Vladimir Ilyich Ulyanov, better known as Vladimir Lenin, was a Russian revolutionary, politician, and political theorist. He served as the first and founding head of government of Soviet Russia from 1917 to 1924 and of the Soviet Union from 1922 to 1924. Under his administration, Russia, and later the Soviet Union, became a one-party socialist state governed by the Communist Party. Ideologically a Marxist, his developments to the ideology are called Leninism.
Russia in the Shadows is a book by H. G. Wells published early in 1921, which includes a series of articles previously printed in The Sunday Express in connection with Wells's second visit to Russia (after a previous trip in January 1914 to St. Petersburg and Moscow) in September and October 1920.
During his visit to Russia he visited his old friend Maxim Gorky, whom he had first met in 1906 on a trip to the United States, and who arranged Wells's meeting with Lenin.
In a chapter (The Dreamer in the Kremlin) devoted to an interview with Lenin at the Kremlin Wells describes the leader and founder of Russian communism. Wells portrays Lenin as a pragmatic leader who "has recently stripped off the last pretence that the Russian revolution is anything more than the inauguration of an age of limitless experiment."
State and Revolution
What Is to Be Done?,
Imperialism: The Final Stage of Capitalism
The State and Revolution
The Three Sources and Three Component Parts of Marxism
Vladimir Lenin To the Citizens of Russia!
Vladimir Lenin To Workers, Soldiers, and Peasants!
Report on Peace
Report on Land
Decree on Abolishment of Capital Punishment
Decree on Transfer of Power to the Soviets
Decree on Establishment of the Workers' and Peasants' Government
Decree on Elections for the Constituent Assembly
Decree on Suppression of Hostile Newspapers
Decree on Transfer of Food Control to Municipalities
Decree on an Eight-Hour Working Day
Decree on the Right to Issue Laws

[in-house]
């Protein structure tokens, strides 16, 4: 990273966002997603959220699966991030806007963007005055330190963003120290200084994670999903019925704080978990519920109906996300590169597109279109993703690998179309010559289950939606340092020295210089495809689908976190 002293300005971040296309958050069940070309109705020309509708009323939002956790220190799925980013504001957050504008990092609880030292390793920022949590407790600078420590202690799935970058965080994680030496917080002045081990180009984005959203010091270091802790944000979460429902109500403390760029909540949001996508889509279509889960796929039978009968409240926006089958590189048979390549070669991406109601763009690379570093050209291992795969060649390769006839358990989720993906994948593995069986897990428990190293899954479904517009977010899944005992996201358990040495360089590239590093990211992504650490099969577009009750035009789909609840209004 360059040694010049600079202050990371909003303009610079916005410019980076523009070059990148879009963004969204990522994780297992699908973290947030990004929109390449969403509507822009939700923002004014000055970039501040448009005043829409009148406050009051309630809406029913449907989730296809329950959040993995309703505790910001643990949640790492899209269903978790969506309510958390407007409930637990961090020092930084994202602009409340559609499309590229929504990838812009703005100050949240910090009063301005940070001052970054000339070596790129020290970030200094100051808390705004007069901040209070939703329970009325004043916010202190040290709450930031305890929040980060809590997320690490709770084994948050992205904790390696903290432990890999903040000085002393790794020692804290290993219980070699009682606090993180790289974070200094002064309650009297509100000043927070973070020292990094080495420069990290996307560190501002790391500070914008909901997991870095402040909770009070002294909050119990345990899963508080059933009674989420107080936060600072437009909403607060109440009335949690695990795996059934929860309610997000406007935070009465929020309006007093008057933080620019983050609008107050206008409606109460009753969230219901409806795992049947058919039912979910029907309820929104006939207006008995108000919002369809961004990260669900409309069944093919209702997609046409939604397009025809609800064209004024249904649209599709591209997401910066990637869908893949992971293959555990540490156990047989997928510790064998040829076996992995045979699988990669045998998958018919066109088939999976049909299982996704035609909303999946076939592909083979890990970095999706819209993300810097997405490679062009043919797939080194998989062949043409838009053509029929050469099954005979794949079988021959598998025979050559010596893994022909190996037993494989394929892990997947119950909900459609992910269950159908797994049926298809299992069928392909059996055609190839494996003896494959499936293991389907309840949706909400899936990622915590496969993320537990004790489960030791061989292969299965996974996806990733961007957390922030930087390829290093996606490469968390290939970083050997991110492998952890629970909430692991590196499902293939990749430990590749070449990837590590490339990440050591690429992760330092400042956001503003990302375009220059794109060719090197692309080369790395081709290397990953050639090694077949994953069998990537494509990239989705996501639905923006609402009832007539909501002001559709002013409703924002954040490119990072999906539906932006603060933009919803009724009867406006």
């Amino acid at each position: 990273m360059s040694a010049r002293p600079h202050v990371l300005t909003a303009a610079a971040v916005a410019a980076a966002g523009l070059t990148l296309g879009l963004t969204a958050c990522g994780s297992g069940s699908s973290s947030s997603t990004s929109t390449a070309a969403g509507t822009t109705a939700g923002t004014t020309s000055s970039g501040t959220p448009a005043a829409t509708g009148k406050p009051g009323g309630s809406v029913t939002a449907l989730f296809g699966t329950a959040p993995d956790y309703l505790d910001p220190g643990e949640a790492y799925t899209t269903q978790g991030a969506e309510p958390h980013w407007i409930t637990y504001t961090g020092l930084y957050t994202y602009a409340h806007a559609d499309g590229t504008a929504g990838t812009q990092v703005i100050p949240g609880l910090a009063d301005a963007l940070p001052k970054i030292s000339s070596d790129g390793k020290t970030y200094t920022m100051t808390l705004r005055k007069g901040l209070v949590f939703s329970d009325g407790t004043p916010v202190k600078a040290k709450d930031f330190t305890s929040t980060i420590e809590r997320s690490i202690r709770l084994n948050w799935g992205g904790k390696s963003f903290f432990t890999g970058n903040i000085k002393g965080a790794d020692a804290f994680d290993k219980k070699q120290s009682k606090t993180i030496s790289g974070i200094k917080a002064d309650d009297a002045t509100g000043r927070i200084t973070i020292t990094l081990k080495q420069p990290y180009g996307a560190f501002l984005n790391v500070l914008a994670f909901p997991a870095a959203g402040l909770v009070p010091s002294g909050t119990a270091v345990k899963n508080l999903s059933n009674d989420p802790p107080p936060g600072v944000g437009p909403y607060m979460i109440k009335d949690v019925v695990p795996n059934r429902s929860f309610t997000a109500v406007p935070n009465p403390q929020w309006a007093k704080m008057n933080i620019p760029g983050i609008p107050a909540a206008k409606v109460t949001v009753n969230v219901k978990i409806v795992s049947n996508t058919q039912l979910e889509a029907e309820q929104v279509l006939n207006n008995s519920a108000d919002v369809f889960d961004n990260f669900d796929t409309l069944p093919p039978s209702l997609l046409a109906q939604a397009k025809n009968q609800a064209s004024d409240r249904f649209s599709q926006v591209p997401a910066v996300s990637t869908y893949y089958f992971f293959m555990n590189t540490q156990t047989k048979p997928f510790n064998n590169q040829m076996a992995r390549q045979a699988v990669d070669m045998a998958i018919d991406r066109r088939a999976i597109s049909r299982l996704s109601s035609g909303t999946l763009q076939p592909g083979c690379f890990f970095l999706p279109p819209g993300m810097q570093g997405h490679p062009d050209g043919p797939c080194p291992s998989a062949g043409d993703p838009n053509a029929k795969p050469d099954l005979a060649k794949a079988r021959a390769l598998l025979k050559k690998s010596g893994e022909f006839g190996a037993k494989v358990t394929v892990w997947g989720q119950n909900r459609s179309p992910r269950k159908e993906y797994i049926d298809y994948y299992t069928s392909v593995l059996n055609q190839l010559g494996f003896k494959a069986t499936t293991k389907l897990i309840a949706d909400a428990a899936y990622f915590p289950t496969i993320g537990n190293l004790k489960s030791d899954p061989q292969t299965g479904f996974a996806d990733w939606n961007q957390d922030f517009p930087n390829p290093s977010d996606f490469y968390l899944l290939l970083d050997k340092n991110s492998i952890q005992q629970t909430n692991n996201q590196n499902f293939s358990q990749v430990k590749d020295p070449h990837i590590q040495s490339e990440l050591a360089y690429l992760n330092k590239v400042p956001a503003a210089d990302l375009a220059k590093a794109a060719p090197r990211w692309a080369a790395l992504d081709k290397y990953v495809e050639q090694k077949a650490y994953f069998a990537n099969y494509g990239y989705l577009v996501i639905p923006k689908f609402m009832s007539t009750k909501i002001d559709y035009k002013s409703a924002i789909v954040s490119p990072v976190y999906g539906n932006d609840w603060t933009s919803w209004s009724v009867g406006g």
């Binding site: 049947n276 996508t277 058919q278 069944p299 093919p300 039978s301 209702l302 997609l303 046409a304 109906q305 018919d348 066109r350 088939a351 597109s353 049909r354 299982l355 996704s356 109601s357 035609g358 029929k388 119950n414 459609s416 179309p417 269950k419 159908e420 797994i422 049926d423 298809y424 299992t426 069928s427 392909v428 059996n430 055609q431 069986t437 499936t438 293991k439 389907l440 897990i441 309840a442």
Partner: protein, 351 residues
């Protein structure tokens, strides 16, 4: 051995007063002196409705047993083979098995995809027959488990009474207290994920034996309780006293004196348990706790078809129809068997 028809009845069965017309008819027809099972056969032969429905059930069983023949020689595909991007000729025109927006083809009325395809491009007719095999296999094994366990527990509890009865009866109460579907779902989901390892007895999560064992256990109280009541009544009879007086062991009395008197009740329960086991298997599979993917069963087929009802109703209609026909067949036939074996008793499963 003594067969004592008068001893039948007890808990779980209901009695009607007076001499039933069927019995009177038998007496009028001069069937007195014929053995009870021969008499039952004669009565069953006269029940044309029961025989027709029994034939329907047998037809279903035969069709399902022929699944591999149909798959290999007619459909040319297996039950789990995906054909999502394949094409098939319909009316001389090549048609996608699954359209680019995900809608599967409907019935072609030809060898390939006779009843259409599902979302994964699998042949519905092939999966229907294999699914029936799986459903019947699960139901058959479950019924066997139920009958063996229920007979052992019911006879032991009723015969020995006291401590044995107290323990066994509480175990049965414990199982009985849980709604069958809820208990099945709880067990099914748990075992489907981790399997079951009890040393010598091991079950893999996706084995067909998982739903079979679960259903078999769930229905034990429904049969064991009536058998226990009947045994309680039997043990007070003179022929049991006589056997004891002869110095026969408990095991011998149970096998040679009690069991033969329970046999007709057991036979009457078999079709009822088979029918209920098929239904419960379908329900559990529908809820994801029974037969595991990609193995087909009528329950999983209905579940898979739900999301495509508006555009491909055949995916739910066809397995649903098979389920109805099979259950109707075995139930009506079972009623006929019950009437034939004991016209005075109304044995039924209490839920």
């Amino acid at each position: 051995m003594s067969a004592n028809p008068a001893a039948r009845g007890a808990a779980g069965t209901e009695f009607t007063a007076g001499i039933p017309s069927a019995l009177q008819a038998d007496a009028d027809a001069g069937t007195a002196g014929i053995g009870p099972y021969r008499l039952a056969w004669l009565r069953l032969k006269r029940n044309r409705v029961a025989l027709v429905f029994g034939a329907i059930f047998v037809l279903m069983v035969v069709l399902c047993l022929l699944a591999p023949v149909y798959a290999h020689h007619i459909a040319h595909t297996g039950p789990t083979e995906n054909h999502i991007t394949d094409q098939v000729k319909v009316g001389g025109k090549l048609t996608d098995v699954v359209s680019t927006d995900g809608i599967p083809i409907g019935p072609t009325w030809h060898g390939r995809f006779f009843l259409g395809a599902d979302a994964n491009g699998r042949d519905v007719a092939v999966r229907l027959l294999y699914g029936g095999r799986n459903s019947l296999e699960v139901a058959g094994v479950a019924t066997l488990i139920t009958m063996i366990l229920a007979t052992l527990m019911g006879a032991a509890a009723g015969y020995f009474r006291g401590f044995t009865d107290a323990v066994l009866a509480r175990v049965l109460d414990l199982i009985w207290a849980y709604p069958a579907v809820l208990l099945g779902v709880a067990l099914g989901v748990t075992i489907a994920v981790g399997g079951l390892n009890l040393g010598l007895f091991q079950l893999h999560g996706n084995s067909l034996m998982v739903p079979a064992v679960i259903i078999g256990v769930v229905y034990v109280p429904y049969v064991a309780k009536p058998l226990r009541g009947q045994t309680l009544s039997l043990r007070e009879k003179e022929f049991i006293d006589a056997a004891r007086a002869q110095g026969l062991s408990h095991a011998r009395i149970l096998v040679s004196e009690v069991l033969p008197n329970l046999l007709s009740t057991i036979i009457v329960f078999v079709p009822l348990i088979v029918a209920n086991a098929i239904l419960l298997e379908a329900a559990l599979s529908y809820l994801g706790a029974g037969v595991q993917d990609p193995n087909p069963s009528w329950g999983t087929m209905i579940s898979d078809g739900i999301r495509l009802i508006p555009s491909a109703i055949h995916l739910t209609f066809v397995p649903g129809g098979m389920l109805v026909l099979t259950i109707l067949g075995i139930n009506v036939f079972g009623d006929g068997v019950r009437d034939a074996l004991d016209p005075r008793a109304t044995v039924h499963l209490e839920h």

Resolution on the Right of Sovnarkom to Issue Decrees
Decree on Social Insurance
Declaration of the Rights of the People of Russia
Decree on Organization of Volost Land Committees
Decree on Transfer of Power and the Means of Production to the Toilers
Decree Proclaiming Advertising a State Monopoly
Decree Abolishing Classes and Civil Ranks
Decree on Workers' Control
Resolution on Relation of the Central Executive Committee to the Sovnarkom
Decree on the Right to Call for Re-Elections
Decree on Establishment of the Extraordinary Commission to Fight Counter-Revolution
V. I. Lenin Note To F. E. Dzerzhinsky with a Draft of A Decree On Fighting Counter-Revolutionaries And Saboteurs
H. G. Wells:
The Dreamer in the Kremlin by H. G. Wells
Communism is a left-wing to far-left sociopolitical, philosophical, and economic ideology within the socialist movement, whose goal is the establishment of a communist society, a socioeconomic order centered around common ownership of the means of production, distribution, and exchange that allocates products to everyone in the society. Communist society also involves the absence of private property, social classes, money, and the state. Communists often seek a voluntary state of self-governance but disagree on the means to this end. This reflects a distinction between a more libertarian approach of communization, revolutionary spontaneity, and workers' self-management, and a more vanguardist or Communist party-driven approach through the development of a constitutional socialist state followed by the withering away of the state. As one of the main ideologies on the political spectrum, communism is placed on the left-wing alongside socialism, and communist parties and movements have been described as radical left or far left.
Manifesto of the Communist Party
The Class Struggles in France
The Eighteenth Brumaire of Louis Bonaparte
Socialism: Utopian and Scientific
The Conquest of Bread
Mutual Aid: A Factor in Evolution
State and Revolution
What Is to Be Done?
Imperialism: the Highest Stage of Capitalism
The Foundations of Leninism
Anarchism or Socialism?
Marxism and the National Question
Organization of a Russian Federal Republic
The October Revolution and the National Question
Dialectical and Historical Materialism
Marxism and Problems of Linguistics
History of the Russian Revolution
The Revolution Betrayed
Our Revolution Essays on Working-Class and International Revolution, 1904-1917
Dictatorship vs. Democracy
From October to Brest-Litovsk
Results and Prospects
The Permanent Revolution
Literature and Revolution
The Bolsheviki and World Peace